Tuesday, May 31, 2005


My neighbor, whom I call Mr. Worrisome, thinks I'm prejudiced. He stopped me at my door at 11 on Sunday night to tell me so. "I'm not speaking to you any more, and I told my family this. I think you're prejudiced."


"Because all I ever see you with is Mexicans, Mexicans, Mexicans! That's all you ever talk to."

"What are you talking about?" I asked, and starting pointing at the houses of all the African-Americans on the block with whom I do talk. "I talk to them [next door], I talk to them [across the street], I talk to you, I talk to Tony and Jesse [kings of the alley]."

"You're prejudiced. I'm not talking to you any more," he replied.

"I'm sorry you feel that way."

This, from the man who once referred to Mexicans as "Taco Bells" in my presence, then added semi-sheepishly, "I guess I shouldn't have said that, hunh?"

Yet in my heart I know he has a point. Thus far I have chosen to associate with the best-parented children on the block. Sadly, the well-parented African-American kids are all grown now, and their kids, the grandchildren of the homeowners I talk to frequently, aren't around on weeknights when they need homework help.

Back in the fall, I was talking with an African-American woman down the block who couldn't get her two year old to go in the house and put on a pair of pants. Nor was she willing to pick the kid up, take her in, and take care of it herself. Sorry, I don't have time to fix you and your kids' problems.

The sad thing is, even though there are plenty of Latino kids I don't want to make friends with on the block for the same reason, most all the kids I do want to make friends with are Latino, not African-American. There's the reality. The black kids I am friends with are grandkids who don't live on this block. That's also reality.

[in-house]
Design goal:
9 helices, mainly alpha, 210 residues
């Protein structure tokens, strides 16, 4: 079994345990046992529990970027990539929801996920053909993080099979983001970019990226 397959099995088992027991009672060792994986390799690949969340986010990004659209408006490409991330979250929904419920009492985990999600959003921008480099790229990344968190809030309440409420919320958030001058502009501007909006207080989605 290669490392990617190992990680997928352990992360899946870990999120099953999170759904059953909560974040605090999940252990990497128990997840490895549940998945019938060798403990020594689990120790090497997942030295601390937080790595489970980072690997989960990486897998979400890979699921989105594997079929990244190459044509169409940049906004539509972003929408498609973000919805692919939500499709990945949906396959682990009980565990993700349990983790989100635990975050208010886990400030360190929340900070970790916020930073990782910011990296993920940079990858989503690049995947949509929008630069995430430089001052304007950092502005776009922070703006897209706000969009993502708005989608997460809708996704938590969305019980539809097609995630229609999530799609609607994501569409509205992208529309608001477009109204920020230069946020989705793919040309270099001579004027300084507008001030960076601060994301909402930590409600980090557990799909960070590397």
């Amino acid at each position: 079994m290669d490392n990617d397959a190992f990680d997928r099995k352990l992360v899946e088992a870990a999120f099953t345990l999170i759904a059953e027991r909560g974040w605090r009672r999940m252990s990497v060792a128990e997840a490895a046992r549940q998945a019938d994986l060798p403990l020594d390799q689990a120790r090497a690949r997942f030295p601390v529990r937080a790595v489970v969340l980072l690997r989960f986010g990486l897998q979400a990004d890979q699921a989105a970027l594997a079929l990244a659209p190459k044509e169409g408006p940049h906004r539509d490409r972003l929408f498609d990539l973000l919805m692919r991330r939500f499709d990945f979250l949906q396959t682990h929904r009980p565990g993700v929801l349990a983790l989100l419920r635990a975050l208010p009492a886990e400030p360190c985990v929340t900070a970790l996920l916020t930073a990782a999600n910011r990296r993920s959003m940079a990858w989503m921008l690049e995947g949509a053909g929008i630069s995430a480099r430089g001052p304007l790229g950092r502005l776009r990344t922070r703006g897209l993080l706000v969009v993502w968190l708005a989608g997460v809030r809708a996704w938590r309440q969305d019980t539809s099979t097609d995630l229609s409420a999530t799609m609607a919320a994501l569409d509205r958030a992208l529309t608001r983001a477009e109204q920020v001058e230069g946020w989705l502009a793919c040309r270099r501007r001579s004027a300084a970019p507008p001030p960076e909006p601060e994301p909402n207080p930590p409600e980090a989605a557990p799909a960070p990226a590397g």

There is a new family with school-age black kids who moved in recently, but it takes a while to get to know people. Their kids stopped in my house once, to find out whether my ficus tree was real or fake--they thought fake until they touched the leaves for themselves. No, I haven't pushed the acquaintance further. I tell myself it's because I had a leg up on meeting people from last summer's block party and these kids may have to wait until the next one before I'm ready to make better friends.

OK, that's a defense. Mr. Worrisome's own sister is a nice girl with a baby daughter and I have made very little overture to her compared to the attention I have lavished on, say, my Latina buddy who got jumped. Frankly, part of the reason I haven't worked harder to make friends with Mr. W's sister is that I'd like to keep her big brother at bay. (I'm told there's a convicted sex offender in that house and I think it's either Mr. W or another creepy guy who is probably his brother.) In fact, it is his sister's fault that Mr. Worrisome got his name. We were talking last fall and he came up in conversation and she herself said, "He worrisome." So he is.

But Mrs. Ribs' daughters are friends with the young woman and they manage to keep Mr. W at arm's length. Well, at least Mr. W. had to stop in his tracks Monday afternoon when he saw me sitting on Mrs. Ribs' front stoop hanging with her daughters. He literally stopped in his tracks and did a double-take. I guess he's seen me with some black people now.

Earlier today, I was rewarded with a muffled "morning" from him while sitting on the stoop. He didn't know I was waiting for a Mexican.

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